“You need to move that tree out from the wall,” he said.

Before I could utter a word he grabbed hold of the tree and lifted it up. As he did so the top part of the tree disconnected from the base. Undaunted, he hastily shoved it back on. Then repositioning his hand for better grip he moved the tree about a foot away from the wall.

I didn’t know what to say, but I’m sure my face revealed more than I wanted it to. After all, he had no idea that I had spent the last twenty minutes partnering with my affable son-in-law in the pursuit of the Christmas tree “sweet spot”. He didn’t know that the tree had already made a 16-foot journey across the room leaving a trail of major furniture adjustments in its wake before landing beautifully in the corner of the room.

He was just trying to help.

But now in the span of about twenty seconds my tree had been shifted from its perfect perch, its ornaments shaken from their special spots.

He was attempting to solve a problem he thought I was having.

I appreciated the thought behind his action, but it made me stop to think how many times I may have done that very same thing to someone else.

Impulsively jumped in and try to solve a problem that I thought existed without ever stopping to ask the person if they needed or even wanted my help. I’ve tried to instantly make something better that needed time on its own to heal.

As a teacher and mother the temptation to step right in and do too much can be a big temptation for me. I think I know the best way, the right answer, the easy fix. And there are times when I try to make it better that I am actually robbing someone else of the satisfaction of figuring it out on their own.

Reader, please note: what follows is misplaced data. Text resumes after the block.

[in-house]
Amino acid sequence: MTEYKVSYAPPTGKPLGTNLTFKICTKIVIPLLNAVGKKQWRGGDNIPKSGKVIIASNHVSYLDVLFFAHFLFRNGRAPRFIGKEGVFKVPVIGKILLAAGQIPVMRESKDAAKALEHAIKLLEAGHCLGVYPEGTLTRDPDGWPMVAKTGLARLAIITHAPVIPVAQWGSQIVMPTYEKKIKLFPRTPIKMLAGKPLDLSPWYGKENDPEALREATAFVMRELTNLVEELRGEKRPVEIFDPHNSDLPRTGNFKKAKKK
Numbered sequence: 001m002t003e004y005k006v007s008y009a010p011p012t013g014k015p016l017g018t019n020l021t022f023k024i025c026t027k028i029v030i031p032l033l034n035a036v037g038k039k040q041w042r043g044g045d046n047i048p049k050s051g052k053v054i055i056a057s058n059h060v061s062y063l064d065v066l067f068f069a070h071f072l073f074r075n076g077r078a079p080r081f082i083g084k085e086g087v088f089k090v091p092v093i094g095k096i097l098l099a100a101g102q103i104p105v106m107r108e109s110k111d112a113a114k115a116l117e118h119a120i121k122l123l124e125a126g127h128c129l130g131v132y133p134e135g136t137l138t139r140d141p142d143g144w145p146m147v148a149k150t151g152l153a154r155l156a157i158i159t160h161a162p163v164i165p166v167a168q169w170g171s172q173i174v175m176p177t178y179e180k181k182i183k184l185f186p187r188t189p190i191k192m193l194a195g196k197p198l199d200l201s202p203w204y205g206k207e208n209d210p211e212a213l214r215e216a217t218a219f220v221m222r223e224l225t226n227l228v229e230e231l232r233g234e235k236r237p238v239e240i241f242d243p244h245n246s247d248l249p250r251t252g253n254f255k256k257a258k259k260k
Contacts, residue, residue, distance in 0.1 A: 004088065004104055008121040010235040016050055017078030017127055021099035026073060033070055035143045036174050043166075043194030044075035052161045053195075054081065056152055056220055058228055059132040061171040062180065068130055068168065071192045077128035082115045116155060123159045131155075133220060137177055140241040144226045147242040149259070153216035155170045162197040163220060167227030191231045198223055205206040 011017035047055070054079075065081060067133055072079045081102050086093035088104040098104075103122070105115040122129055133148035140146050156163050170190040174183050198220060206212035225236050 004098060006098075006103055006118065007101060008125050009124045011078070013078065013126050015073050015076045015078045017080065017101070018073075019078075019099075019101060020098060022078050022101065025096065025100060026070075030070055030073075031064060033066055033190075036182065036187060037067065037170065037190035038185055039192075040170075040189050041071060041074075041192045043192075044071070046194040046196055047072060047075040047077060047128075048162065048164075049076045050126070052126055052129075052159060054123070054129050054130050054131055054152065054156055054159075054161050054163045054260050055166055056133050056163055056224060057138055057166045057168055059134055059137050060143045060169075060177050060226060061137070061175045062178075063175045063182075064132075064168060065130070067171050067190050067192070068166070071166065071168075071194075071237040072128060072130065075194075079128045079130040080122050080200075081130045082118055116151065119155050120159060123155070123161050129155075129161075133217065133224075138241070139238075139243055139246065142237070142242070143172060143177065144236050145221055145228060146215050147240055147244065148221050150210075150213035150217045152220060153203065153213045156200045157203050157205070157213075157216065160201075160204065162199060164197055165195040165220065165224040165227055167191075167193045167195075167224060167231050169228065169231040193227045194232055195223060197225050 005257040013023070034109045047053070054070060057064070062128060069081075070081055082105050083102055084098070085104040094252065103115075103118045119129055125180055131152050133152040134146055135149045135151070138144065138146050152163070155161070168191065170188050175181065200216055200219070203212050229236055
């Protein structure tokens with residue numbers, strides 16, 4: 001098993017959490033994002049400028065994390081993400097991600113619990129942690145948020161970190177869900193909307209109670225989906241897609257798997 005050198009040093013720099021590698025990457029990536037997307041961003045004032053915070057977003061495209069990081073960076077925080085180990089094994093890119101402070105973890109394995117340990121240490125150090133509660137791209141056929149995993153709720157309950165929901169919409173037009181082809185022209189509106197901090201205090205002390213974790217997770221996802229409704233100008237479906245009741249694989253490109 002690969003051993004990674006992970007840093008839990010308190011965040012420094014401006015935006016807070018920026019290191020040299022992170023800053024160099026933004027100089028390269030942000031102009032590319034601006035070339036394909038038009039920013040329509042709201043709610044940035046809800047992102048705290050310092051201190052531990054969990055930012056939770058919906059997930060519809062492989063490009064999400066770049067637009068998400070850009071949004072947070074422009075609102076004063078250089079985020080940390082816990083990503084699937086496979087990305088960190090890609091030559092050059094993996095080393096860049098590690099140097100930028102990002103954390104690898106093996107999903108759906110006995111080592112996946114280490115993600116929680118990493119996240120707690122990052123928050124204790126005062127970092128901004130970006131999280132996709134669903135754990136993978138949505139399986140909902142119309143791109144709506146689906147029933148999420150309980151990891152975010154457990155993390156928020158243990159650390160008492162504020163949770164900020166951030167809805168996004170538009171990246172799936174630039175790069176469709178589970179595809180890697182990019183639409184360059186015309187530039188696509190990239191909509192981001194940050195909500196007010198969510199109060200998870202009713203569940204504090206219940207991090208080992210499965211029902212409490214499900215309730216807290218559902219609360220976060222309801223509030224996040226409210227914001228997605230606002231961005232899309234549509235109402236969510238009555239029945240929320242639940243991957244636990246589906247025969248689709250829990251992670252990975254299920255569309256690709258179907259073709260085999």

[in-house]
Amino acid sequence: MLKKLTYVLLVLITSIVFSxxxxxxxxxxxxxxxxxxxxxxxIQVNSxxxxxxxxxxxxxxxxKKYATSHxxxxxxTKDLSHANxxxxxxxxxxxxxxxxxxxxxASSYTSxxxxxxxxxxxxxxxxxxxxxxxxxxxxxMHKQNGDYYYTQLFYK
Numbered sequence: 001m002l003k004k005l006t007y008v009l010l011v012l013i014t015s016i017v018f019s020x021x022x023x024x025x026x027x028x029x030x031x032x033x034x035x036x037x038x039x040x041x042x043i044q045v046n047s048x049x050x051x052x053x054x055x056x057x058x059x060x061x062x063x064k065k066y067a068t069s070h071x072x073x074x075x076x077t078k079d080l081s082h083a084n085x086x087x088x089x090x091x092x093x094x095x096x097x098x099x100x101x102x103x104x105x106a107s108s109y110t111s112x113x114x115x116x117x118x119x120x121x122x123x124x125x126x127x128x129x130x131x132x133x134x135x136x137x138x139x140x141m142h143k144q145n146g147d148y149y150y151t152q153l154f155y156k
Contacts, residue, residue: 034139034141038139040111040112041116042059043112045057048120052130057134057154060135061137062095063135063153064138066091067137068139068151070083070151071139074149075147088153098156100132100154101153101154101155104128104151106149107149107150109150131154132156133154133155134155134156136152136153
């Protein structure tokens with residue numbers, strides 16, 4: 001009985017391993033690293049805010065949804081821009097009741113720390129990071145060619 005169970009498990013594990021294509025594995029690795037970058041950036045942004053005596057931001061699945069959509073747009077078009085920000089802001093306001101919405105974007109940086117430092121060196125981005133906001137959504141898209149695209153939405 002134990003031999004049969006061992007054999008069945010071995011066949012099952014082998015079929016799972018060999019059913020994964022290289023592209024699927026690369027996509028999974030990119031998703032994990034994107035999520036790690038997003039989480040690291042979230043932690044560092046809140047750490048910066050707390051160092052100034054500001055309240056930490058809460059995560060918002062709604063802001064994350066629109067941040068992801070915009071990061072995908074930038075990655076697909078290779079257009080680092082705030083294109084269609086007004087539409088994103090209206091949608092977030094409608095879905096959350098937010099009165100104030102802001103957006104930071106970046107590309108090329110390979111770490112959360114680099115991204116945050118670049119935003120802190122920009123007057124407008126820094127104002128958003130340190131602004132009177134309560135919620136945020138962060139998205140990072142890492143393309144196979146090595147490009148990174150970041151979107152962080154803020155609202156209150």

Or even worse, I am trying to fix a problem that only exists in my eyes. Because if the truth be told the real problem is…gulp….me.

Me and my need to control the situation.

Sometimes the best help comes in the form of listening instead of doing.

In whispered prayers and waiting.

And the keen awareness that what I might perceive as a problem, might just be somebody else’s sweet spot.

 

Who is My Neighbor?

During my fall break from school, my daughter Rachel and grandson Isaiah flew in from Kansas City to spend a few wonderful days with us. On one of those days we visited the world-class Indianapolis Children’s Museum along with an estimated 12,000 others. Needless to say, being able to share space and toys was the required skill for the day and when you are two years old and an only child that is asking a lot. There were more than a few occasions when Isaiah had comfortably settled in to play only to find out that others had their eye on the things he had piled in front of him. When he objected with a vehement “No!” to another child, Rachel would intervene with, “Let’s share with our friends.” The look on his face that followed such reminders was one of confusion. I know he was probably thinking, “I’m sorry, momma, but you must be mistaken. Those kids are not my friends. In fact, they are perfect strangers to me!”